Teton Fall Foliage Identification
By Brigid Sinram
Once the long days of summer start to dwindle and we feel a chill to the air, the color palette of our outdoor environment also starts to shift. Greens give way to warm autumn reds, dusky purples, and fading yellows, making late September and early October a great time for meandering our region’s back roads and trails.
The Rocky Mountain’s most easily recognized foliage comes from the aspen tree (Populus tremuloides). Aspens are well known for their bright golden fall hues and delicate leaves. While out floating and fishing our local waterways, enjoy the golden yellow colors of the cottonwood trees and colorful willows (Salix sp.). Several native shrubs also participate in the color explosion. Look for Western mountain ash (Sorbus scopulina), with its large clusters of deep orange fruits. The mountain ash’s long leaflets turn red and golden in the fall, and the fruit clusters attract birds.
While it’s easy to admire the large trees and colorful vistas, don’t forget to observe the smaller color changes happening at your feet. Wildflowers like fireweed (Epilobium angustifolium) and sticky geranium (Geranium viscosissimum) show impressive fall colors of purple, deep red, and bright yellow.
Local Spots for Fall Foliage Adventures
1. Coal Creek Trail off of Highway 22: mature aspen groves with lovely views of Taylor Mountain.
2. Gros Ventre Road and Shadow Mountain Area: aspen groves, hiking trails, and campsites for longer fall excursions.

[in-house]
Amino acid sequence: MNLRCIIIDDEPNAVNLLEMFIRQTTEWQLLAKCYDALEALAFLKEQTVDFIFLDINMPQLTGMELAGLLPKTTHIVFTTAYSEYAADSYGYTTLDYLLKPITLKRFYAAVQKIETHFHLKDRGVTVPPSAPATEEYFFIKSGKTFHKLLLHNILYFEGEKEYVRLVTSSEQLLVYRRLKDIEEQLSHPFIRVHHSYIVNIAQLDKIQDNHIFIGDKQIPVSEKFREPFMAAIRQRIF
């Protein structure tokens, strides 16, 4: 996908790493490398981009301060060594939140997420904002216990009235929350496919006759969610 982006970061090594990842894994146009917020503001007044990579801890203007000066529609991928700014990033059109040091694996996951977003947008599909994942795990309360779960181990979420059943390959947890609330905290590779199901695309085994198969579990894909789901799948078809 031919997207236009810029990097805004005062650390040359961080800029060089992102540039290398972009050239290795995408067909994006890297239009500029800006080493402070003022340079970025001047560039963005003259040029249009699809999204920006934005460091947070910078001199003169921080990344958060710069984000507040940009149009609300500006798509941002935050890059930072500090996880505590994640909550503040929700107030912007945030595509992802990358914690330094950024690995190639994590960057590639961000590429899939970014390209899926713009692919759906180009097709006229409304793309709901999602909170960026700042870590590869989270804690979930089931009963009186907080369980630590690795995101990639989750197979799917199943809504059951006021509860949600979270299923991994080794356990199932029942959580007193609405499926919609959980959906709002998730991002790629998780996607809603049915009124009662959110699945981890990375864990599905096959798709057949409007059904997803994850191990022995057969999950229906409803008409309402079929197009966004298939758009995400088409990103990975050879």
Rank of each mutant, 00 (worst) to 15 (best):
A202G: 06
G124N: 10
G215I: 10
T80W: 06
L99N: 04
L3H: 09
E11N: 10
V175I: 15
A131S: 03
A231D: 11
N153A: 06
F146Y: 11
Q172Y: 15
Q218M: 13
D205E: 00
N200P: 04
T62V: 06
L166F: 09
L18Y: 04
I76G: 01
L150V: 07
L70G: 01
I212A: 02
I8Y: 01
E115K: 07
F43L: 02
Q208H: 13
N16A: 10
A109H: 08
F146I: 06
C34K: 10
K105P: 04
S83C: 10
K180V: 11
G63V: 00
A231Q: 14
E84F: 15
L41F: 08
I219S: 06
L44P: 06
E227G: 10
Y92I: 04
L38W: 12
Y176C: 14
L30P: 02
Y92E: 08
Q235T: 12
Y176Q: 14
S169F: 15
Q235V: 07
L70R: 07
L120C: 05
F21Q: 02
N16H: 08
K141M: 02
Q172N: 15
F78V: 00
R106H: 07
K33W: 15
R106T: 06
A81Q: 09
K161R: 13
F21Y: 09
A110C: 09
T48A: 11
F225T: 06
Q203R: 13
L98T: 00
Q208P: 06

1. Aspen Trail: a short, favorite fall hike that offers a colorful aspen display.
2. Big Hole Mountains: mountain biking trails, aspen groves, colorful shrubs, and wildflowers.
3. Ricks Basin and Lightning Ridge at Grand Targhee: diverse fall biking and hiking trails through large aspen groves.
What to do with all those fallen leaves?
How to Make a Leaf Wreath
Spruce up your fall decor with a leaf wreath. This creative way to remember your foliage adventure just may last you through winter. And when the wreath gets dry and the colors fade, revive it with a can of metallic spray paint.
Some techniques adapted from The Space Between: “DIY Leaf Wreath” (thespacebetweenblog.net/2012/08/06/diy-leaf-wreath/).
– Colorful autumn leaves, stems intact
– Wreath form or metal wreath frame (available at craft stores or upcycle an old one)
– Spool of thick florist wire
– Glue gun (optional)
1. Collect your leaves outside. Look for unusual colors and unique shapes.
2. Sort your leaves by color and shape. Lay them out on a flat surface.
3. Create small clusters of leaves by wrapping the stems together with florist wire. Fan them out.
4. Use small pieces of florist wire to wrap the clusters around the wreath form. Make sure to overlap each cluster for a fuller wreath.
5. (Optional) Hot-glue single leaves into any gaps or open spaces in your wreath.